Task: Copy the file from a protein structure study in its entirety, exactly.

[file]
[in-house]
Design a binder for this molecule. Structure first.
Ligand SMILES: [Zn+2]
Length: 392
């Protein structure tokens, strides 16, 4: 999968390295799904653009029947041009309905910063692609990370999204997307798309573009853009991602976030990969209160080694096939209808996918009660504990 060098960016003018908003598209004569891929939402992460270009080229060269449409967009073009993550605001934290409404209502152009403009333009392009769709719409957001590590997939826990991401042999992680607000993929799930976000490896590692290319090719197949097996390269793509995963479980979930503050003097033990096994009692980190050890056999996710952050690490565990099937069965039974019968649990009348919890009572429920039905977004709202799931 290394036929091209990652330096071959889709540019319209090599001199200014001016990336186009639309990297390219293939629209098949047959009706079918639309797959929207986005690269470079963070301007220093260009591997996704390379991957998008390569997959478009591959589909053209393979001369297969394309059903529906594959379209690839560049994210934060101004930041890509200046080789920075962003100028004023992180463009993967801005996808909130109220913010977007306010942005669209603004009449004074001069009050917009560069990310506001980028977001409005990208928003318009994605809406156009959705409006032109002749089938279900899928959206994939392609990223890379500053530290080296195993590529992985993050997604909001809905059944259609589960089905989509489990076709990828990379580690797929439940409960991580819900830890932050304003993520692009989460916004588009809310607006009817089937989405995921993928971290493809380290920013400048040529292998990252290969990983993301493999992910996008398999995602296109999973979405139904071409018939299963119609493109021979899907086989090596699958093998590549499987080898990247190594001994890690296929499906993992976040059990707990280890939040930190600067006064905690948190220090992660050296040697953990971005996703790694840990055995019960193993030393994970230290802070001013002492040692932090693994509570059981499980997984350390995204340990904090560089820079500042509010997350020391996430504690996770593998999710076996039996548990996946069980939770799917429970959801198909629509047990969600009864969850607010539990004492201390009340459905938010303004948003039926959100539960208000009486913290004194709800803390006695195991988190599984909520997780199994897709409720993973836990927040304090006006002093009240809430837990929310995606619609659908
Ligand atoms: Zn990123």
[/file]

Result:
[in-house]
Design a binder for this molecule. Structure first.
Ligand SMILES: [Zn+2]
Length: 392
């Protein structure tokens, strides 16, 4: 999968390295799904653009029947041009309905910063692609990370999204997307798309573009853009991602976030990969209160080694096939209808996918009660504990 060098960016003018908003598209004569891929939402992460270009080229060269449409967009073009993550605001934290409404209502152009403009333009392009769709719409957001590590997939826990991401042999992680607000993929799930976000490896590692290319090719197949097996390269793509995963479980979930503050003097033990096994009692980190050890056999996710952050690490565990099937069965039974019968649990009348919890009572429920039905977004709202799931 290394036929091209990652330096071959889709540019319209090599001199200014001016990336186009639309990297390219293939629209098949047959009706079918639309797959929207986005690269470079963070301007220093260009591997996704390379991957998008390569997959478009591959589909053209393979001369297969394309059903529906594959379209690839560049994210934060101004930041890509200046080789920075962003100028004023992180463009993967801005996808909130109220913010977007306010942005669209603004009449004074001069009050917009560069990310506001980028977001409005990208928003318009994605809406156009959705409006032109002749089938279900899928959206994939392609990223890379500053530290080296195993590529992985993050997604909001809905059944259609589960089905989509489990076709990828990379580690797929439940409960991580819900830890932050304003993520692009989460916004588009809310607006009817089937989405995921993928971290493809380290920013400048040529292998990252290969990983993301493999992910996008398999995602296109999973979405139904071409018939299963119609493109021979899907086989090596699958093998590549499987080898990247190594001994890690296929499906993992976040059990707990280890939040930190600067006064905690948190220090992660050296040697953990971005996703790694840990055995019960193993030393994970230290802070001013002492040692932090693994509570059981499980997984350390995204340990904090560089820079500042509010997350020391996430504690996770593998999710076996039996548990996946069980939770799917429970959801198909629509047990969600009864969850607010539990004492201390009340459905938010303004948003039926959100539960208000009486913290004194709800803390006695195991988190599984909520997780199994897709409720993973836990927040304090006006002093009240809430837990929310995606619609659908
Ligand atoms: Zn990123």